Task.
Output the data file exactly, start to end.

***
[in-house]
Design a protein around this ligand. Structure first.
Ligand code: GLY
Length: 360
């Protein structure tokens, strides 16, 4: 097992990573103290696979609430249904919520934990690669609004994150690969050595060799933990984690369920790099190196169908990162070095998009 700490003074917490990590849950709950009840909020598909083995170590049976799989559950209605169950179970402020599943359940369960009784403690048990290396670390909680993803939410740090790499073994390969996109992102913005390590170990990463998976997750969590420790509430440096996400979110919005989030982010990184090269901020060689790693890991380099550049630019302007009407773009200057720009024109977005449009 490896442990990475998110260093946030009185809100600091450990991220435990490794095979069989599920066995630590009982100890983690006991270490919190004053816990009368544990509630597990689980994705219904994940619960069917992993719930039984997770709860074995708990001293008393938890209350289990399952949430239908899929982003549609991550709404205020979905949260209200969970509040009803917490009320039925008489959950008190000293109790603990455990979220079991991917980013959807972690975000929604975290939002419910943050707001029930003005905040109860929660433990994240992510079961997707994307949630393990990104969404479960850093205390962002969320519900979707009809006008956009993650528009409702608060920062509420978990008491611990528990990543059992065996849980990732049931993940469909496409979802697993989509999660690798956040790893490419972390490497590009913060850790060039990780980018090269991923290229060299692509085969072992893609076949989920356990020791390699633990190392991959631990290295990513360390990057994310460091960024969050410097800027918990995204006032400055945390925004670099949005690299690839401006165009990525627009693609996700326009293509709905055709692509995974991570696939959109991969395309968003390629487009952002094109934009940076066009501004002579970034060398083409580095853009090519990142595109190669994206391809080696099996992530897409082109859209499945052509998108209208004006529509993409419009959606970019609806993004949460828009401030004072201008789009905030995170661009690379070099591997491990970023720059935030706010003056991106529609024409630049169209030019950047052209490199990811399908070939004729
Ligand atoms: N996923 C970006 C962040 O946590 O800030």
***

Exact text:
[in-house]
Design a protein around this ligand. Structure first.
Ligand code: GLY
Length: 360
């Protein structure tokens, strides 16, 4: 097992990573103290696979609430249904919520934990690669609004994150690969050595060799933990984690369920790099190196169908990162070095998009 700490003074917490990590849950709950009840909020598909083995170590049976799989559950209605169950179970402020599943359940369960009784403690048990290396670390909680993803939410740090790499073994390969996109992102913005390590170990990463998976997750969590420790509430440096996400979110919005989030982010990184090269901020060689790693890991380099550049630019302007009407773009200057720009024109977005449009 490896442990990475998110260093946030009185809100600091450990991220435990490794095979069989599920066995630590009982100890983690006991270490919190004053816990009368544990509630597990689980994705219904994940619960069917992993719930039984997770709860074995708990001293008393938890209350289990399952949430239908899929982003549609991550709404205020979905949260209200969970509040009803917490009320039925008489959950008190000293109790603990455990979220079991991917980013959807972690975000929604975290939002419910943050707001029930003005905040109860929660433990994240992510079961997707994307949630393990990104969404479960850093205390962002969320519900979707009809006008956009993650528009409702608060920062509420978990008491611990528990990543059992065996849980990732049931993940469909496409979802697993989509999660690798956040790893490419972390490497590009913060850790060039990780980018090269991923290229060299692509085969072992893609076949989920356990020791390699633990190392991959631990290295990513360390990057994310460091960024969050410097800027918990995204006032400055945390925004670099949005690299690839401006165009990525627009693609996700326009293509709905055709692509995974991570696939959109991969395309968003390629487009952002094109934009940076066009501004002579970034060398083409580095853009090519990142595109190669994206391809080696099996992530897409082109859209499945052509998108209208004006529509993409419009959606970019609806993004949460828009401030004072201008789009905030995170661009690379070099591997491990970023720059935030706010003056991106529609024409630049169209030019950047052209490199990811399908070939004729
Ligand atoms: N996923 C970006 C962040 O946590 O800030």